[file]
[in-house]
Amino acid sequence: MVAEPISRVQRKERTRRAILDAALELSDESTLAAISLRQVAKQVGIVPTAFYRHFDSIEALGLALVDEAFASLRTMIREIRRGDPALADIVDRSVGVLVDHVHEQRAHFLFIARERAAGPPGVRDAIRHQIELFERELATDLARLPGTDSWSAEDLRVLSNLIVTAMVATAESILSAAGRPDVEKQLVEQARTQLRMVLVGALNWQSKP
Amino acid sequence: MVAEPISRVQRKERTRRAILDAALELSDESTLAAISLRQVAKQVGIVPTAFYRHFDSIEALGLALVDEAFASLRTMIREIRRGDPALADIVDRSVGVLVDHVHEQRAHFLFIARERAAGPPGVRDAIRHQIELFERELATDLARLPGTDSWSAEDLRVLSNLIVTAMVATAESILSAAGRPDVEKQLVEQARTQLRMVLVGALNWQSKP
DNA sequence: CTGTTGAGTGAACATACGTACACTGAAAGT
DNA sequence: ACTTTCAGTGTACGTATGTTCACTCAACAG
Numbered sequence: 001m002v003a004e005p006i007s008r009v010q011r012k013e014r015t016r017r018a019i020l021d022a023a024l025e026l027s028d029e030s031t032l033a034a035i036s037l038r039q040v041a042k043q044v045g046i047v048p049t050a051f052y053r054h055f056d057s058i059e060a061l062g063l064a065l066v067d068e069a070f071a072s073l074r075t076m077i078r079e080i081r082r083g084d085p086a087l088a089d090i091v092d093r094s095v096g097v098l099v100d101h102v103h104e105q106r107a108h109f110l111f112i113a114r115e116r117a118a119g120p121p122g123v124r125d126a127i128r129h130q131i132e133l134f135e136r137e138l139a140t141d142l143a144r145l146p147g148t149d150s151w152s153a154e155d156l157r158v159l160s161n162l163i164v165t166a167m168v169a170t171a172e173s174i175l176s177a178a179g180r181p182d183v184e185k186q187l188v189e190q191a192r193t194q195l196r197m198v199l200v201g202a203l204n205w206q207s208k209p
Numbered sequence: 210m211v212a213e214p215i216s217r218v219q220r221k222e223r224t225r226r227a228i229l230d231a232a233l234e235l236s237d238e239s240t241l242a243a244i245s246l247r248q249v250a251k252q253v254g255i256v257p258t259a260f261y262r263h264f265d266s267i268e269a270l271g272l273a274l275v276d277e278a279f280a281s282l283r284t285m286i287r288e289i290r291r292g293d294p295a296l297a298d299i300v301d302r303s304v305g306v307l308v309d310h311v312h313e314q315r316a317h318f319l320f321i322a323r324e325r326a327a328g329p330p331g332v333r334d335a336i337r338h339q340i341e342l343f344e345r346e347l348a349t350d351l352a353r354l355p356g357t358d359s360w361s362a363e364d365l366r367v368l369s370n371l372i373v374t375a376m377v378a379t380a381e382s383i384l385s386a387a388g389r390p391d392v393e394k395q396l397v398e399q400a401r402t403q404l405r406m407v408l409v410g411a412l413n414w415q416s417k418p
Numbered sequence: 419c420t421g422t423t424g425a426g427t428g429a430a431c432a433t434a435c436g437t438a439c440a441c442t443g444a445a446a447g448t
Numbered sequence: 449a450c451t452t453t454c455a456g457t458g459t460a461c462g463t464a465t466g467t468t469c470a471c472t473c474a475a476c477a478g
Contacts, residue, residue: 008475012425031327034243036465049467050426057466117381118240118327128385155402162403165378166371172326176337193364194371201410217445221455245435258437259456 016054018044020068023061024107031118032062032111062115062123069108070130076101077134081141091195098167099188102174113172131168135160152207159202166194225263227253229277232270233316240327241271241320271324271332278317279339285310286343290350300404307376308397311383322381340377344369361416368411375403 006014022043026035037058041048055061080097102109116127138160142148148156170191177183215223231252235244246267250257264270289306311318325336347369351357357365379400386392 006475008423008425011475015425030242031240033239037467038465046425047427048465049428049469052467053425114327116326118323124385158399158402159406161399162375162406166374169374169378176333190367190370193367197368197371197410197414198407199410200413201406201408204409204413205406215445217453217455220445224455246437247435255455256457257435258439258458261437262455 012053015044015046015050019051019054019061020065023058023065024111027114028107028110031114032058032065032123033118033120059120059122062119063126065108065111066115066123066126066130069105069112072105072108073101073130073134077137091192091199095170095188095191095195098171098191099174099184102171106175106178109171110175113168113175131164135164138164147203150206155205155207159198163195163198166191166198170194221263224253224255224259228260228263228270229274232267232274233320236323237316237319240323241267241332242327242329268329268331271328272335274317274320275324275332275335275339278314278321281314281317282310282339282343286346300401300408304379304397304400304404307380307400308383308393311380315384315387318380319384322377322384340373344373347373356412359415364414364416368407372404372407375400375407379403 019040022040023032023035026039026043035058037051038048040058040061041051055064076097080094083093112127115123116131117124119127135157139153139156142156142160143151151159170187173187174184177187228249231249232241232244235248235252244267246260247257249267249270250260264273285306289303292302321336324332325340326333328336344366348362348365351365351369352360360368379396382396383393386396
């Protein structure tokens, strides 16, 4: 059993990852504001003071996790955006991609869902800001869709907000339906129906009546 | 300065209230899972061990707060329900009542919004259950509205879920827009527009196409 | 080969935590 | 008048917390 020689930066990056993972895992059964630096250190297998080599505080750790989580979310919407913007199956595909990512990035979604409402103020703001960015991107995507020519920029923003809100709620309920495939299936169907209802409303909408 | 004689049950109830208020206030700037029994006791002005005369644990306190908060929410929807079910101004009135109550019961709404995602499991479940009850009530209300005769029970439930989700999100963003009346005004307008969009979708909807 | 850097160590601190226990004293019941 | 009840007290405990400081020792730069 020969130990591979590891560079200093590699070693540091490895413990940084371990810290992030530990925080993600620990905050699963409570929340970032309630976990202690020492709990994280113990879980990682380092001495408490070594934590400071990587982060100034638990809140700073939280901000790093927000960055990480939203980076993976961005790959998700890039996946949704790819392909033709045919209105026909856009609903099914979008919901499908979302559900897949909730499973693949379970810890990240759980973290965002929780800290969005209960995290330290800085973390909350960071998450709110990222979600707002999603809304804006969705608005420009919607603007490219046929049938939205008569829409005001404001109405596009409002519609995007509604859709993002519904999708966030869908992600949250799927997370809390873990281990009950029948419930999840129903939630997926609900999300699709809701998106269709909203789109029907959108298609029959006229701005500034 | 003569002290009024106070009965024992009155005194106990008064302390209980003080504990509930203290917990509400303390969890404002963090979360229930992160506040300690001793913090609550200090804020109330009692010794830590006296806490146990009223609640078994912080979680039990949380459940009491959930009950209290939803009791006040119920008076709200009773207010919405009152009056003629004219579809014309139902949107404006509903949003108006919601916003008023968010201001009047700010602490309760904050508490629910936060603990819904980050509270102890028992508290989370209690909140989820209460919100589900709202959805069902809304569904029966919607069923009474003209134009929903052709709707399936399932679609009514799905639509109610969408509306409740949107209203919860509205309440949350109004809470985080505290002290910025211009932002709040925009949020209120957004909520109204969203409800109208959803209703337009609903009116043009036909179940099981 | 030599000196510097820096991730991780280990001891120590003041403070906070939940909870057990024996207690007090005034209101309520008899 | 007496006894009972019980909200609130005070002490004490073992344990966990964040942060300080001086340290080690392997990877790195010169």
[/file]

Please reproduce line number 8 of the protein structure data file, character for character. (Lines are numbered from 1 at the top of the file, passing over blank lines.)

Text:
Numbered sequence: 419c420t421g422t423t424g425a426g427t428g429a430a431c432a433t434a435c436g437t438a439c440a441c442t443g444a445a446a447g448t